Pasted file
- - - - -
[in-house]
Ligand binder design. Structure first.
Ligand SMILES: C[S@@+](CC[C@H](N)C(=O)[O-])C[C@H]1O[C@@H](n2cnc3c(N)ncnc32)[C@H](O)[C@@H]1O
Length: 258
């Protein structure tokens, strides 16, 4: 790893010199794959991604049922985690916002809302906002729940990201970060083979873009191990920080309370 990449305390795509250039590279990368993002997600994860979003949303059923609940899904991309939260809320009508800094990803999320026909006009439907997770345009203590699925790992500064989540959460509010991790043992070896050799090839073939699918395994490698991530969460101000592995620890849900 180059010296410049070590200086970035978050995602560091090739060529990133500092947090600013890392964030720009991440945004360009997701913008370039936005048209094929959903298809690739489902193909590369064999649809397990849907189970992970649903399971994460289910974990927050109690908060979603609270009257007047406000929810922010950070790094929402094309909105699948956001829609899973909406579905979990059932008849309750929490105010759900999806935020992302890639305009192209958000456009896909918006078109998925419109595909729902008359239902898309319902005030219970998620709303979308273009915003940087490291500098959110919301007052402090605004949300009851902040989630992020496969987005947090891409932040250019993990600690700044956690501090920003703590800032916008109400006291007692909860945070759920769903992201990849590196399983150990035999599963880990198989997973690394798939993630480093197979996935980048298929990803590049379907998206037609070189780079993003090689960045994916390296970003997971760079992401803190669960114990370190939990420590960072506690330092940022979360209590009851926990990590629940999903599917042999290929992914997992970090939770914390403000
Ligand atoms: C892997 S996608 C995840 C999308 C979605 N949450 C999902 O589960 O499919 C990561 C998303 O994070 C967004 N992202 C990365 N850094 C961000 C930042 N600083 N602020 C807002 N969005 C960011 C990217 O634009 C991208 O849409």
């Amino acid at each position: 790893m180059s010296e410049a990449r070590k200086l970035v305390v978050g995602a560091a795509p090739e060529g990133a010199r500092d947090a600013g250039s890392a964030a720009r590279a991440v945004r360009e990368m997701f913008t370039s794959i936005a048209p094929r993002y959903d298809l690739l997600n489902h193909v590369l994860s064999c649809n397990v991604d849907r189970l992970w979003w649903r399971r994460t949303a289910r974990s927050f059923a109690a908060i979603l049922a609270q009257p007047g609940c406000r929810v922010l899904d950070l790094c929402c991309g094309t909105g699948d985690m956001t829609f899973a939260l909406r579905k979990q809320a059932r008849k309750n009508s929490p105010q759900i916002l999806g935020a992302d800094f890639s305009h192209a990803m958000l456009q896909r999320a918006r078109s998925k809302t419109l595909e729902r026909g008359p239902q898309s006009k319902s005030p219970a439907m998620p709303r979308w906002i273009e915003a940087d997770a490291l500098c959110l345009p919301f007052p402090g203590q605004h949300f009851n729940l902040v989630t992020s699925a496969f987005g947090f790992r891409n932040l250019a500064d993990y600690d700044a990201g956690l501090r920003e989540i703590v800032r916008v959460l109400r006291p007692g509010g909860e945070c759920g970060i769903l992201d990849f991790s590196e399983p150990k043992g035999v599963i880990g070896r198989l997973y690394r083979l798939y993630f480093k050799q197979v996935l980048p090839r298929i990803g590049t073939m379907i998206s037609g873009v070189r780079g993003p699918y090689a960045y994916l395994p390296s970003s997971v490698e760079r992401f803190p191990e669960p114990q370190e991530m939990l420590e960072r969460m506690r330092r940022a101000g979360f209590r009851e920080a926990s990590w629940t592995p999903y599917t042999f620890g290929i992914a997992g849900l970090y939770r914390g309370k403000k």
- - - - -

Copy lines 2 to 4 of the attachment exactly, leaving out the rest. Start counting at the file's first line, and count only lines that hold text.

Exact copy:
Ligand binder design. Structure first.
Ligand SMILES: C[S@@+](CC[C@H](N)C(=O)[O-])C[C@H]1O[C@@H](n2cnc3c(N)ncnc32)[C@H](O)[C@@H]1O
Length: 258